On good and bad arguments

Thank you Paul Graham for this Hierarchy of Disagreement. Full explanation here.               Apologies for all those times I have resorted to poor, disrespectful and lazy, forms of disagreement

On the Meaning of Christmas (2015)

The clip below captures the spirit of Christmas beautifully. You may need to think about it. And, if you are a Christian who believes that the Incarnation is at the centre of everything, the implications for our life in the twenty-first century are surely far-reaching and disturbing. The key word is empathy. Empathy is: “the art of stepping imaginatively into the shoes of another person, understanding their feelings and perspectives, and using … Continue Reading →

Clarity in Writing

My writing is a so often a battle to organise the chaos of the thoughts in my mind. They are all exciting, or troubling, or “true”. So they all demand to have their say. Clarity of expression is easier when I fix my attention on my audience. When I know for whom I write it is easier to decide what to write.

On Empathy and Sympathy for the Terrorists

We should not sympathise with the terrorists. But if we do not empathise with them, we will not understand them and our actions to defeat them will be misguided and ineffective. Please do not mistake my desire to understand them — to feel what they feel and to see with their eyes — for sympathy.

On Brother Lawrence

Brother Lawrence (d. 1691) wrote a famous book entitled  in which he described the habits of a life of worship (a “practice”) focused on the presence of God. The practice (noun) of the presence of God is a start. But is it enough? Do we not also need to progress to the presence of the practise (verb) of God? Do we not also need to cultivate habits that make present to the … Continue Reading →

The Temple and Cosmology: Recommended Reading

I am often asked if I have published anything that would give people, in an accessible form, a written version of what I teach on the OT Temple and the cosmos. Alas, I have not. But now somebody else has produced a highly readable discussion of these topics. So I highly recommend Robin Parry’s . He’s done a far better job than I could have. In particular, I liked: The avoidance of … Continue Reading →

On the necessary balance between the Incarnation and the Cross.

We are so fearfully and wonderfully made that he honoured us by becoming human like us. We are so flawed and fragile that he rescued us by dying for us. The first proposition states the deeper reason for the second. If we only accept the second we denigrate ourselves and we offend him.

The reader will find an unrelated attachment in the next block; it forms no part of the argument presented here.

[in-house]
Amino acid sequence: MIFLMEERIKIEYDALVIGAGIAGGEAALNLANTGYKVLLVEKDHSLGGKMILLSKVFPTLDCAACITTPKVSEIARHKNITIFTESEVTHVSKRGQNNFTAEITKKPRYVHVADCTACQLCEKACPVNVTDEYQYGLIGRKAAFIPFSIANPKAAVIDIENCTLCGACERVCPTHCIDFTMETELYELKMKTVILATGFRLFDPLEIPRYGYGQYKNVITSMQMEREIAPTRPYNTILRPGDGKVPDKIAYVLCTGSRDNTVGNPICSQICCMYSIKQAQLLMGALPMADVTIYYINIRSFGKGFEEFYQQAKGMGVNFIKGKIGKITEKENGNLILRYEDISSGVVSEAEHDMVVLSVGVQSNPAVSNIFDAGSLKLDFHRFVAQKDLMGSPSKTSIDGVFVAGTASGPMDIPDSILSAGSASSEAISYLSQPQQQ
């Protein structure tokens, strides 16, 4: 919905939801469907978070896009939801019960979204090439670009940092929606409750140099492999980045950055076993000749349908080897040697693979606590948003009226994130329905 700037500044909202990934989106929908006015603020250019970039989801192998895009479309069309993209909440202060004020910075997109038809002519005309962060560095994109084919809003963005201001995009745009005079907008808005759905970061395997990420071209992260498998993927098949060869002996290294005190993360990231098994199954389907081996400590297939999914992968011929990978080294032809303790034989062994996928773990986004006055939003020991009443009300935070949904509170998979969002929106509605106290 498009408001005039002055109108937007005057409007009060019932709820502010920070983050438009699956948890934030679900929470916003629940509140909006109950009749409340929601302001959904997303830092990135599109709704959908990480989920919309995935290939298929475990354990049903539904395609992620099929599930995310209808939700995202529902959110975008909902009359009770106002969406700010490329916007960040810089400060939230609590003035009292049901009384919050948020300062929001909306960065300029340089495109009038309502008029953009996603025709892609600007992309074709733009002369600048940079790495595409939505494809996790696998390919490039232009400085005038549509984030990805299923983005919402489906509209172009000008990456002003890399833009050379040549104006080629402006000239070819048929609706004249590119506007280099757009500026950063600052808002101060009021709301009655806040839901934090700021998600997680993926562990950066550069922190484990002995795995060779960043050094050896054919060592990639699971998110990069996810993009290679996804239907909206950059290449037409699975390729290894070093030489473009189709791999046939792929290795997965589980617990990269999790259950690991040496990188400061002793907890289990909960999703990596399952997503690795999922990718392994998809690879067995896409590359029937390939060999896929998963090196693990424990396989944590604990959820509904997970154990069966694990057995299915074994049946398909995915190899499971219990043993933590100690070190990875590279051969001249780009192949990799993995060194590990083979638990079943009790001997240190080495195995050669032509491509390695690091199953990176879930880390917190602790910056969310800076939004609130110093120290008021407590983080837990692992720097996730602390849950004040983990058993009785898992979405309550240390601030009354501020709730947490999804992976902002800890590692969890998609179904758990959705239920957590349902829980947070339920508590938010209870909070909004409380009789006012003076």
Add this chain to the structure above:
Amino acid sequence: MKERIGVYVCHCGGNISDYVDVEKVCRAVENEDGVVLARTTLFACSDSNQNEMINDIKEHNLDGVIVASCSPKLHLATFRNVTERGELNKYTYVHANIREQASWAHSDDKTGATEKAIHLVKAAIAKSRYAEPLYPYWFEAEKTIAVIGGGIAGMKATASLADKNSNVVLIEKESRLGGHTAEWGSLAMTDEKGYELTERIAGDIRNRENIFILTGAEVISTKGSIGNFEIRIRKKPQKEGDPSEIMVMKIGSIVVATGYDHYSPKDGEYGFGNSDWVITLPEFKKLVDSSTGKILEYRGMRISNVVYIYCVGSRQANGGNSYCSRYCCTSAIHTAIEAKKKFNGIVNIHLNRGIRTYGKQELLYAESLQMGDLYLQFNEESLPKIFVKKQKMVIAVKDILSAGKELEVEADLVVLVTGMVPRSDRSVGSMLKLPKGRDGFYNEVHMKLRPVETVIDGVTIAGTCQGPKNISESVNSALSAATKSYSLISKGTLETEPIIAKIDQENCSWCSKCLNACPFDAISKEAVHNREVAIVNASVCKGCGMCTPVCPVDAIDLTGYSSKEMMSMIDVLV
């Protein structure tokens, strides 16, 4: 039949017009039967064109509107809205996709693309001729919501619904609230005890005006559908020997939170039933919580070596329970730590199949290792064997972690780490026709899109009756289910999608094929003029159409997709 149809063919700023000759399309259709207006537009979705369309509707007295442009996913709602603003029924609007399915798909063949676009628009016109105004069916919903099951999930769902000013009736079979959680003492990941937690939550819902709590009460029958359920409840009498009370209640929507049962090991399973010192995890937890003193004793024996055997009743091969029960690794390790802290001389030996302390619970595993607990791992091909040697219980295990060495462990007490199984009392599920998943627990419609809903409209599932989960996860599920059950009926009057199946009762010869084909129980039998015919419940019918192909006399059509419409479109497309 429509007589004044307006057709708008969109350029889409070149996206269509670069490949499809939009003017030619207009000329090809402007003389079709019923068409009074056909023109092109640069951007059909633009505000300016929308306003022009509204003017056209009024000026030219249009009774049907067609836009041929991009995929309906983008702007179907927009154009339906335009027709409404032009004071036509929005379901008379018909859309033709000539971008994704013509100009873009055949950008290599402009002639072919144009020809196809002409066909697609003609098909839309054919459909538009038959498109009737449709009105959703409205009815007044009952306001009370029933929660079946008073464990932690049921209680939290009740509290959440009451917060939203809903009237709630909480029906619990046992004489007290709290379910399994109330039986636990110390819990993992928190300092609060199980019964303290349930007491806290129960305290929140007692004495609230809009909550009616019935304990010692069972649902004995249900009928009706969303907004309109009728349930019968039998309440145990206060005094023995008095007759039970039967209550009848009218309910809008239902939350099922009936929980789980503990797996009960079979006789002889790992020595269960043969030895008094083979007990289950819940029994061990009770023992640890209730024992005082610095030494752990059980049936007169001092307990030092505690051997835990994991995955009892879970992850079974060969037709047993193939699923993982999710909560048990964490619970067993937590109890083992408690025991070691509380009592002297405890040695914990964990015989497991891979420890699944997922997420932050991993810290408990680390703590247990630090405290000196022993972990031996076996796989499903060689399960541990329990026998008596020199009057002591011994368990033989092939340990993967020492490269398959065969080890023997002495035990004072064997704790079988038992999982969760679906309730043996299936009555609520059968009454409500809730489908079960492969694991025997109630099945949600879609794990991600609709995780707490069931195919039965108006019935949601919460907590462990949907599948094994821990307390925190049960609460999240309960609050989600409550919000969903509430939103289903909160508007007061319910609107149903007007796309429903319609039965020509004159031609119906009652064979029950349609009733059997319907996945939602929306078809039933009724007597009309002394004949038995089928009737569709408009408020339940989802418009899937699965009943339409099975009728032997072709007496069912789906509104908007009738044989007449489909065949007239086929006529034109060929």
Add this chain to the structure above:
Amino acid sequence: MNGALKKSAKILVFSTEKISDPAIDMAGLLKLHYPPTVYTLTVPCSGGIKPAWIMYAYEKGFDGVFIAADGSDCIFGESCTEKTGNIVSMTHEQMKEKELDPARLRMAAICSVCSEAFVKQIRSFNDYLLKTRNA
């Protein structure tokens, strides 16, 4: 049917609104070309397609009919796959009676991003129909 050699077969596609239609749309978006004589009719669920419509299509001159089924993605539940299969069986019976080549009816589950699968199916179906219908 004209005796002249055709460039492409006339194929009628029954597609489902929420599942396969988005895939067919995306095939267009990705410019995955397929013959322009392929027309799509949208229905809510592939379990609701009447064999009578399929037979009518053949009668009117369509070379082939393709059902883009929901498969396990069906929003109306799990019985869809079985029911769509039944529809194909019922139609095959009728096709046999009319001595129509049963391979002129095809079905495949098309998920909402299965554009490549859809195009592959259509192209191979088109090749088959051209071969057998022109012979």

Theology and Marketing

I returned last Thursday from a trip to Las Vegas (with my friend Bill Westwood) for a Round Table conversation on the nature of marketing, organised by my old friend Flint McGlaughlin. To the casual observer not much happened: a handful of leading marketing academics met with a small group of eccentric theologians, and a Harvard English literature Prof., for 2 hours conversation over fine cuisine. But I suspect I will … Continue Reading →

Codependancy on Church: There is Hope

This week a friend (Claire Debnam) sent me this moving video story of the rise, fall, and rise again of Carl Tuttle. Tuttle was rescued from a disastrous life trajectory by the group that became the Vineyard. As a gifted worship leader and pastor, he eventually succeeded John Wimber as Senior Pastor of the (flagship) Anaheim Vineyard in 1994. Three years later he resigned, his personal life in tatters. After years … Continue Reading →

Starting with our ‘why’. Thank you Simon Sinek.

I am enjoying, and being deeply impacted by, Simon Sinek’s bestselling Start With Why (2009). His succinct and eloquent TED talk is justifiably the second most viewed of all time. Sinek argues that a key to a healthy business is to identify, or create, a cause to live for and fight for. At the centre—at the core—there has to be an answer to the question “Why does this company exist?” And the answer … Continue Reading →